03 Dec 2007
Clever use of quantum feedback and single photons has produced the most sensitive interferometer yet devised, with a precision approaching the Heisenberg limit.
Interferometers detect the differences in phase between two separate light beams, and have become a crucial tool for measuring tiny distances with high precision. But their sensitivity is limited by so-called shot noise in the beams, arising from the wave-particle duality of light. These small fluctuations in the phase of the beams affect the accuracy of the measurements being made (Nature 450 393).
The scale of this problem is inversely related to the number of photons in the beam: the more intense the laser beam, the less fluctuation is observed. Increasing the laser power in interferometers is often problematic so in practice the phase uncertainty cannot be improved beyond a value known as the standard quantum limit, related to the square root of the number of photons involved, 1⁄√N. But now a team from three Australian universities has managed to do better.
"It should be possible to achieve a precision limited only by the Heisenberg uncertainty principle, dramatically improving the scaling to 1⁄N," said the team, including Howard Wiseman from Griffith University's Centre for Quantum Dynamics. "This improvement is commonly thought to require the use of exotic quantum entangled states, which are extremely difficult to generate."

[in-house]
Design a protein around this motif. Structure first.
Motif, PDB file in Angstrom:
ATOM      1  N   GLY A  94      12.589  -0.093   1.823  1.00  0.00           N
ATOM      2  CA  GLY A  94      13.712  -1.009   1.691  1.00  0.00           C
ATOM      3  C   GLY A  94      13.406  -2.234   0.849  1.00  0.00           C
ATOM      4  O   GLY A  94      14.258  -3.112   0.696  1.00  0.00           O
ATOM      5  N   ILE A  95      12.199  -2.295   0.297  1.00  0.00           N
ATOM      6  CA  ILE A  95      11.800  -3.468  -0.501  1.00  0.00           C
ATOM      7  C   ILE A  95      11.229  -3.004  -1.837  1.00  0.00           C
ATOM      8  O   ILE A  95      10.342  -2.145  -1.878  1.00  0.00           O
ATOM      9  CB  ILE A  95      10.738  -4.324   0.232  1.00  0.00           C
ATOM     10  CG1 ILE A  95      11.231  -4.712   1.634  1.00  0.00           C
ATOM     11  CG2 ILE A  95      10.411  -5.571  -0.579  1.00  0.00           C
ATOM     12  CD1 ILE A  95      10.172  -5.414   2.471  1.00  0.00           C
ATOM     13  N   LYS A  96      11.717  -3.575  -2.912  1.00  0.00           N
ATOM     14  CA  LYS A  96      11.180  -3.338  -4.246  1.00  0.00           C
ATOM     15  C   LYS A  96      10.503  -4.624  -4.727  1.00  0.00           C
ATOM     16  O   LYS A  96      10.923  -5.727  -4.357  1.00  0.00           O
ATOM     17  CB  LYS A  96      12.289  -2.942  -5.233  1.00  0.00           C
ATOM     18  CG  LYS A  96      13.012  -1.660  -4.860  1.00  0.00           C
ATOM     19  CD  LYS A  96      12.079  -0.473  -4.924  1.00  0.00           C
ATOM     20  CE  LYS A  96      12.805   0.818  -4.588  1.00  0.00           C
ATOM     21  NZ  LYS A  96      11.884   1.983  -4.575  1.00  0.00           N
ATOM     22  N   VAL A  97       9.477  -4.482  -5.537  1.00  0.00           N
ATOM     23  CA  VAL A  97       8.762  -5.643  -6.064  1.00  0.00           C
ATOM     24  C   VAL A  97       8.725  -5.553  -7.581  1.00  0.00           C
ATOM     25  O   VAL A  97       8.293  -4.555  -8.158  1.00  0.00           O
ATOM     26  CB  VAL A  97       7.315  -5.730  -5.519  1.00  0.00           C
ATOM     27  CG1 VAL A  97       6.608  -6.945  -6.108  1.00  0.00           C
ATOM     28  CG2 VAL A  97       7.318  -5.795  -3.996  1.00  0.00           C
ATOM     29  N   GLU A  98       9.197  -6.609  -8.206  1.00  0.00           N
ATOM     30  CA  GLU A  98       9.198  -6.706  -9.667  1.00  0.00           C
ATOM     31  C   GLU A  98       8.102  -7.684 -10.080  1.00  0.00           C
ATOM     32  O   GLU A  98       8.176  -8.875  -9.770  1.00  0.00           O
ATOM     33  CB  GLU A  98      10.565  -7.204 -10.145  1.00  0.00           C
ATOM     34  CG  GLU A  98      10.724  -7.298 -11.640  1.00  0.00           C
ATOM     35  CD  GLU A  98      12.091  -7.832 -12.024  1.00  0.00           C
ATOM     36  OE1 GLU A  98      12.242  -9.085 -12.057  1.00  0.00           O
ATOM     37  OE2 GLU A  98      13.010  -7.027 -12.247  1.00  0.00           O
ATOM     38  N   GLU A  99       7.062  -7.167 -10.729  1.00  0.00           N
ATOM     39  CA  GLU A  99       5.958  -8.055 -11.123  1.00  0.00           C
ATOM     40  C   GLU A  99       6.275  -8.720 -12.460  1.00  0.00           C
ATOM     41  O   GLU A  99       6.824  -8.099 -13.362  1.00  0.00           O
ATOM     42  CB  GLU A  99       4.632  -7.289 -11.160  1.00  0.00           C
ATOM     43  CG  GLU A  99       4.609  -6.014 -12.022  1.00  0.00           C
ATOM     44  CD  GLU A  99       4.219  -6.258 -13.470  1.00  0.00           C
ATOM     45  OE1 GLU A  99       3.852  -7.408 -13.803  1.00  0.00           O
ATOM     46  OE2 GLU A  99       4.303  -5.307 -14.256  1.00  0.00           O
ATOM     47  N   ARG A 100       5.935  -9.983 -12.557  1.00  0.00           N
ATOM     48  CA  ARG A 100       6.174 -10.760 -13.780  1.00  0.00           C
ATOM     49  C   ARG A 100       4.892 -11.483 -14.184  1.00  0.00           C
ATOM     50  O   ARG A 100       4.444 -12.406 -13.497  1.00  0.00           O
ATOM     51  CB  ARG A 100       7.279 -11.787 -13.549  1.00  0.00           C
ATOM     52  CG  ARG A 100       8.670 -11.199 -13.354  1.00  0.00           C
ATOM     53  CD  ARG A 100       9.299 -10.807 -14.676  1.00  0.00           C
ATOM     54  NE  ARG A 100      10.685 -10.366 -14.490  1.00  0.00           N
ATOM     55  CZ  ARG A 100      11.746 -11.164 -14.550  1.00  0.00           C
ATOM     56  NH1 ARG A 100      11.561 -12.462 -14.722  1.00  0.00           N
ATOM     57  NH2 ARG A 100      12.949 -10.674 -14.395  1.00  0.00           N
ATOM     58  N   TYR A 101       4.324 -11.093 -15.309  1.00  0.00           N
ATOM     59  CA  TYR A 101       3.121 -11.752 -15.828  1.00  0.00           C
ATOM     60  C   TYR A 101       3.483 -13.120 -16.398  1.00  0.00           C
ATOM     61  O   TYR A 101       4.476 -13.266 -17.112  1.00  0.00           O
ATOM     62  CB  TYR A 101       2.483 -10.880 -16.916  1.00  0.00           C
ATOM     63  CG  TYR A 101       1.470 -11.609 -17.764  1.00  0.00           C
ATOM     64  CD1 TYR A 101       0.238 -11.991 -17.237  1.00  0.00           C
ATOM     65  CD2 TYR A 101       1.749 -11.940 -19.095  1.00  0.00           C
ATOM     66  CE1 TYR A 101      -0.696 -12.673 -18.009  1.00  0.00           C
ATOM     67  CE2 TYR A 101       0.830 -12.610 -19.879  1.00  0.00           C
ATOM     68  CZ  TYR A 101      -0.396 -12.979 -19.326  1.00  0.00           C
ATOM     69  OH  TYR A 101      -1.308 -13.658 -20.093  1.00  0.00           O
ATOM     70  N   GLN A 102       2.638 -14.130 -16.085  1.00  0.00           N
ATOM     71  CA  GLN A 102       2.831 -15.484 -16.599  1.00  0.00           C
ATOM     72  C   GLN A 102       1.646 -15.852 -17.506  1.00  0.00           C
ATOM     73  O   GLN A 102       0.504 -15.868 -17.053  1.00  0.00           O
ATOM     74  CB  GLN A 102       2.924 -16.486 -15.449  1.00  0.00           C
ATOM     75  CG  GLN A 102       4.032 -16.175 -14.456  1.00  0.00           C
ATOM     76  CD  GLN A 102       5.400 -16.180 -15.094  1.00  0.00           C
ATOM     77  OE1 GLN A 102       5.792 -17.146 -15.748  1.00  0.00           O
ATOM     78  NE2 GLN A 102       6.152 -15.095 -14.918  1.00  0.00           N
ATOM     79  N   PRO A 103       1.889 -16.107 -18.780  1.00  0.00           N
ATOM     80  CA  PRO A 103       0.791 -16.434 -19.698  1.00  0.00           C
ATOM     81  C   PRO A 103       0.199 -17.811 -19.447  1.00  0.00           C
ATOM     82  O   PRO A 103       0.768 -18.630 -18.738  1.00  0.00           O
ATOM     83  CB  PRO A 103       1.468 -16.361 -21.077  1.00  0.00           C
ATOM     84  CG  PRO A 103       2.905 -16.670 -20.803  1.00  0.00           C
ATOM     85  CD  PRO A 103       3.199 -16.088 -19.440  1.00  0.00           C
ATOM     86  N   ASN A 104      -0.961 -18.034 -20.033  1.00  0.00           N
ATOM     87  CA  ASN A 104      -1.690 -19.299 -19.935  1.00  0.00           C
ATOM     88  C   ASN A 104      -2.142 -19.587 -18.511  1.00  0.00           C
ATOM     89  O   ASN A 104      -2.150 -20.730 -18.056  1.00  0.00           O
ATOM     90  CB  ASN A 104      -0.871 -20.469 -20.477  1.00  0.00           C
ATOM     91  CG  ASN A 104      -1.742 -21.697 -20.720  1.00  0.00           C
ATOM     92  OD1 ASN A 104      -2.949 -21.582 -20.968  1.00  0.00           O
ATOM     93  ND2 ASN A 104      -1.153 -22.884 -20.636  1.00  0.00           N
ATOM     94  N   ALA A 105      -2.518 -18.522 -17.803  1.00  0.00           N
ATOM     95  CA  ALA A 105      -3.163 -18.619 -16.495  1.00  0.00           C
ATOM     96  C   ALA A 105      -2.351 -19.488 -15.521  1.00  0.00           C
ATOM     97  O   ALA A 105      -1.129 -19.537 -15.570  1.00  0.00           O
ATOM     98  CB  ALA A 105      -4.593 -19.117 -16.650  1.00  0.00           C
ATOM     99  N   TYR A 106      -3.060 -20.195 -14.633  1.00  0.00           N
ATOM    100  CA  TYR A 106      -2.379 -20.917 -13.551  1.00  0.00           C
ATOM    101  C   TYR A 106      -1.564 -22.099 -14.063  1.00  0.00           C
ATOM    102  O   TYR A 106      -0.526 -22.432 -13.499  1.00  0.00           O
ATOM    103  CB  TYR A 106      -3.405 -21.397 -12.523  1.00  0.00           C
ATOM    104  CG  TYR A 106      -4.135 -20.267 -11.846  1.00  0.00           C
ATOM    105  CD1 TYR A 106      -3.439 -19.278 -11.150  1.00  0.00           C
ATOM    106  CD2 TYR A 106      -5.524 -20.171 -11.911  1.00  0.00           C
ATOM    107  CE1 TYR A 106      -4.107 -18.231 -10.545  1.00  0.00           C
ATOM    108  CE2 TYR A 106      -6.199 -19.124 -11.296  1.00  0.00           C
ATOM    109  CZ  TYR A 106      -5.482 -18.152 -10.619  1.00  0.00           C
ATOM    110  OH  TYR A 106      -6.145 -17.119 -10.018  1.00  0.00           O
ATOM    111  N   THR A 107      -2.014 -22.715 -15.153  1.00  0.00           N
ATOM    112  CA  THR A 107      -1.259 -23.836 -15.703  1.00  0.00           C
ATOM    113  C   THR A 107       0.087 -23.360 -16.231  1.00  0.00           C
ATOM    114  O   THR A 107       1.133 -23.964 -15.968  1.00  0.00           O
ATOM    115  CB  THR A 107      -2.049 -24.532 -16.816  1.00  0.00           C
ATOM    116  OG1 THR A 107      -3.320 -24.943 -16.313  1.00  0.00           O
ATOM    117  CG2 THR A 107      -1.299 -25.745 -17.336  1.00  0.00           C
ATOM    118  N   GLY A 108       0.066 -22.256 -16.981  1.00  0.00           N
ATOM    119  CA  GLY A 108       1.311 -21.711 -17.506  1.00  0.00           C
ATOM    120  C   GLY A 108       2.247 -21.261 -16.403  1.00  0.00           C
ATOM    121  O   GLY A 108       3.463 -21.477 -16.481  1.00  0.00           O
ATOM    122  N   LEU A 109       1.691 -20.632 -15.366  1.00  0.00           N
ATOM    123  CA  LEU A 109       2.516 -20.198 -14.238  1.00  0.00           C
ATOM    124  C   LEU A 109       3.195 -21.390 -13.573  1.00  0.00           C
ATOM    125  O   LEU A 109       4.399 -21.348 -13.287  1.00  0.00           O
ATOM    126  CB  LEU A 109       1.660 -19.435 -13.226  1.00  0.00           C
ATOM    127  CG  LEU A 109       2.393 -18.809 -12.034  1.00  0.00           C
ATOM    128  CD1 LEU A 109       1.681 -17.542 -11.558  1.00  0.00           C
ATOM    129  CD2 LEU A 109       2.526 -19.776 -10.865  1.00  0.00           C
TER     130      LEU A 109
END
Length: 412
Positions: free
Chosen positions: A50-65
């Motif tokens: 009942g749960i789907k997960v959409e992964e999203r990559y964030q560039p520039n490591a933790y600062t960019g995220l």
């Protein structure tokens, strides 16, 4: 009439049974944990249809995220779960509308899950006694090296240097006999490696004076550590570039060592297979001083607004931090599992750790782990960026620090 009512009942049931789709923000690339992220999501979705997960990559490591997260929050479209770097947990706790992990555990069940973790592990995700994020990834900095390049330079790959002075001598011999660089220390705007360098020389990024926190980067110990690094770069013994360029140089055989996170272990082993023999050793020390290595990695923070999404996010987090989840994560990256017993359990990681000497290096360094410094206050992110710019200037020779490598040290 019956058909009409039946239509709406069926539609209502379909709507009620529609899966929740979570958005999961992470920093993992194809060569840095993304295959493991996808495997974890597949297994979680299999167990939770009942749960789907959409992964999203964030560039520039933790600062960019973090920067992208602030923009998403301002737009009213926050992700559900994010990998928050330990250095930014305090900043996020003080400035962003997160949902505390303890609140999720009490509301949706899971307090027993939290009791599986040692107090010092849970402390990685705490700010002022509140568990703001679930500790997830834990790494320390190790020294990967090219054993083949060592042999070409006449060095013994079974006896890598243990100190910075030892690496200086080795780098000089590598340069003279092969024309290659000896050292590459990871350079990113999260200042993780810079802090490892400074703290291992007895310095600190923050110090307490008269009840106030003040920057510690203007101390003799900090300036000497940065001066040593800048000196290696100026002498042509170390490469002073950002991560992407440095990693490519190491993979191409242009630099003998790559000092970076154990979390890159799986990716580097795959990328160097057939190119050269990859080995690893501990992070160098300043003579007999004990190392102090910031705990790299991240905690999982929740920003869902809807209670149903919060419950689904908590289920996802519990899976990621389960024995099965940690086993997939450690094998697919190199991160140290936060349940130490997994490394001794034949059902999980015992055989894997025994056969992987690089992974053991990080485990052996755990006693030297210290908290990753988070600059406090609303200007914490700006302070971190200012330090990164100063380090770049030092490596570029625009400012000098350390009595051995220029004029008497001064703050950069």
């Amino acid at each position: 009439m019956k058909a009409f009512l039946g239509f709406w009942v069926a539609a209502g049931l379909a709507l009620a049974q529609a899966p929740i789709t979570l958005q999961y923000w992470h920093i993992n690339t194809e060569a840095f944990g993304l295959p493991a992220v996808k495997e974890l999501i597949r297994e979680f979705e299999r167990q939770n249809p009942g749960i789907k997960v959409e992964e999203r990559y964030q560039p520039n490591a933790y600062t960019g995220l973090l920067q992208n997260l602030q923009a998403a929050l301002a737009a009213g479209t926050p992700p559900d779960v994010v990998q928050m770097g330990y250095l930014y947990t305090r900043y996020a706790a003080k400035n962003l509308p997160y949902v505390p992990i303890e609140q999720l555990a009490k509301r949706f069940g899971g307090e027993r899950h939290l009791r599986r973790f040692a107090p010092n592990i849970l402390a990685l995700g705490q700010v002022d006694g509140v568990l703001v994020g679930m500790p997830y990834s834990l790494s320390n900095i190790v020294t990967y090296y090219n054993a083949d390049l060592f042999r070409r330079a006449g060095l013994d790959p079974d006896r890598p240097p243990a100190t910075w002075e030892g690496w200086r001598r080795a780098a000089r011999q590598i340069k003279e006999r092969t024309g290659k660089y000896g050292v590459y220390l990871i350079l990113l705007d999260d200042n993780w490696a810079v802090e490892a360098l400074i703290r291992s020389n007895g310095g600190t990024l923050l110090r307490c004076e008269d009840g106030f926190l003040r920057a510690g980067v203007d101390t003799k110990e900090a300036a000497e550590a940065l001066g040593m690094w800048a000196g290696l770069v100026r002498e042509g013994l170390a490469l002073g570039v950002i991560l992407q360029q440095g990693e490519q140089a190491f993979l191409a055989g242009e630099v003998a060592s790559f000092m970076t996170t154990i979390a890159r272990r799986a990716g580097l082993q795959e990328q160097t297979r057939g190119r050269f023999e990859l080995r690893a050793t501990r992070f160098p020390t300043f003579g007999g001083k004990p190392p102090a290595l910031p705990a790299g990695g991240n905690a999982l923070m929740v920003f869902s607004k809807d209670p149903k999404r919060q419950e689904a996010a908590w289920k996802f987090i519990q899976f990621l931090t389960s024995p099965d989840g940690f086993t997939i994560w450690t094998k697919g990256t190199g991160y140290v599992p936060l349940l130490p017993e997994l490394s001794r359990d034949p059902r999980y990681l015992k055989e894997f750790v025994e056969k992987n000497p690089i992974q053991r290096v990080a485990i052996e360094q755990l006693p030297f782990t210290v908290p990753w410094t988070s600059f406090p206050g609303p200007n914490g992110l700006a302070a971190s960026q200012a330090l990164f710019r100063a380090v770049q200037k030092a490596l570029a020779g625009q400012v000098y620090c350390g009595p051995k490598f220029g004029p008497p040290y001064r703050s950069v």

Now the team claims to have reached the Heisenberg limit using unentangled single-photon states, dubbed "kitten" states after the famous Schrödinger's cat. Each kitten involves a single photon, generated from a 820 nm source with a bandwidth of 2 nm.
"We replaced entangled input states with multiple applications of unentangled single-photon states, a drastic reduction in the complexity of achieving quantum-enhanced measurement precision," said Wiseman.
Single photons are easier to prepare and more robust against noise and loss than the more complex entangled sets used previously. The lower flux is compensated by cycling the states through the interferometer many times, and using a complex quantum feedback loop to adjust the phase shift of the reference beam.
“A drastic reduction in the complexity of achieving quantum-enhanced precision.”
"We estimate an unknown phase with a variance more than 10 dB below the standard quantum limit when using 378 resources (ie. photons) in our algorithm," said Wiseman's team. "Achieving the same level of uncertainty using standard interferometic techniques would require 4333 resources."
The discovery is too low in intensity to be of use in either common interferometery or more advanced experiments such as the Laser Interferometer Gravitational Wave Observatory (LIGO), but could have more immediate applications in areas such as quantum metrology, quantum imaging and quantum sensing.